The Bend Police Department has changed the name of one of its K9s, "Lil' Kim," following a controversy over the fact that it shares a name with Grammy award-winning rapper Lil' Kim, Oregon Public Broadcasting reports.
Riccardo Waites, the founder of the Central Oregon Black Leaders Assembly, said in a video Thursday that he met with Bend Police Chief Mike Krantz to express concerns about the dog's name.
"It’s a little tiny black dog, K9 dog, that the police call 'Lil' Kim.' If you’re a person of color, or if you’re a fan of Lil' Kim, you know her significance in Hip Hop. You also know that she’s a gangster rapper," he said in the video. "Just to be honest, I don’t want to see Lil' Kim out there biting people of color."
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Waites went on to say that Chief Krantz agreed to only use the dog's actual name, Kim, in the future.
Chief Krantz told Oregon Public Broadcasting that the dog, a Belgian Malinois shepherd, was never named after the rapper, but would now go by Kim.
"Although the dog is not named after a musician, it’s important to recognize that some people may assume that or believe that," Krantz told OPB. "I think in the eyes of some community members there is a connection historically to the use of dogs, specifically on protestors and Black community members, and that, that could bring a fear of canines."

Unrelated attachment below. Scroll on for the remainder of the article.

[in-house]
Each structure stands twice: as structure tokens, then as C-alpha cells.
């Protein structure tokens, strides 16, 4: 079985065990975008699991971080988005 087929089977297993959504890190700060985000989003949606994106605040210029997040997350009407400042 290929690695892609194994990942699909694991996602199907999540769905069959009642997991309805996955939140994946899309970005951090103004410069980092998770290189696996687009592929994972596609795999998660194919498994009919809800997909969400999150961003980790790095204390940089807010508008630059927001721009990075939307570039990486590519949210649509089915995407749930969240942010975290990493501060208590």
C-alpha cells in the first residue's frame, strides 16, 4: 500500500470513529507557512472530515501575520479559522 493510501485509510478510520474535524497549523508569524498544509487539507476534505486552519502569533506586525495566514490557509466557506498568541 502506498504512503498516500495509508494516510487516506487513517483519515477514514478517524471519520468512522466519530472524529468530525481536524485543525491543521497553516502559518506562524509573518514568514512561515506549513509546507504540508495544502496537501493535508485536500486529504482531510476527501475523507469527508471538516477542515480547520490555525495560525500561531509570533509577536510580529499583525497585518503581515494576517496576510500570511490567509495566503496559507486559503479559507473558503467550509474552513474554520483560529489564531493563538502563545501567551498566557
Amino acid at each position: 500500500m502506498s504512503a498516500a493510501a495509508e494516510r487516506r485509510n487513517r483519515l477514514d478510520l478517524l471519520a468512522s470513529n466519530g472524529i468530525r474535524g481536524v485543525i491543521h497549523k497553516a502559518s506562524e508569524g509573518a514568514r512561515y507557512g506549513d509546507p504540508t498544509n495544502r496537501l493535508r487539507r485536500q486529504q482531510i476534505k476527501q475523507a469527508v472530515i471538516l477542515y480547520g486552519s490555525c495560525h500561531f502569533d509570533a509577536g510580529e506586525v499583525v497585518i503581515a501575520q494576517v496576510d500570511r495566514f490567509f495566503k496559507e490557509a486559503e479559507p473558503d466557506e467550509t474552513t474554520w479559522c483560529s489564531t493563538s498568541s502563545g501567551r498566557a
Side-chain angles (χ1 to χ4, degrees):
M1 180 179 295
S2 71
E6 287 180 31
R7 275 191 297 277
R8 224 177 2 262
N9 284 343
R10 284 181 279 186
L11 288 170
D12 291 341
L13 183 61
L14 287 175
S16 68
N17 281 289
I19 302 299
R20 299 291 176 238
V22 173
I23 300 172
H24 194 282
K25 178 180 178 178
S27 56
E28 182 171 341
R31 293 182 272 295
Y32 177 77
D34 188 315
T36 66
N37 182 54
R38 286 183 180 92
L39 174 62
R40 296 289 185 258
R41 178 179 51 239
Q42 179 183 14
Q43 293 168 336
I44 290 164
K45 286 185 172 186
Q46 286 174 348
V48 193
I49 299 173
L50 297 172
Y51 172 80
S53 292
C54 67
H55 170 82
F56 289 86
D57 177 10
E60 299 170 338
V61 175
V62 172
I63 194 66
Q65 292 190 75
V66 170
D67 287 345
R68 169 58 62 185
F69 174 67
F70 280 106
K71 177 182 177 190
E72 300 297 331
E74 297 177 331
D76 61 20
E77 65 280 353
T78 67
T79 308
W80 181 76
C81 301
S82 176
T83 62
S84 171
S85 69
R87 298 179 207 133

Krantz also denied that the recent controversy was responsible for the name change.
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The Bend Police Department routinely referred to the K9 as Lil' Kim in press releases and statements on social media.
The Bend Police Department wished their K9, Kim, a happy 6th birthday in January.
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"Bend PD K9 Kim (aka Lil’ Kim as she is little but mighty) is turning 6," the department wrote on Facebook to celebrate her birthday in January.
"K9 Kim is a Belgian Malinois who is a rockstar suspect apprehension dog," the department wrote. "She is trained to locate a suspect who is fleeing or hiding. Her skills are not limited to only tracking suspects; she can also help with searching for missing people, like a child or elderly person who has wandered away from home."
Waites wrote on Facebook Friday that he is "appreciative of the department for stepping up and listening to community."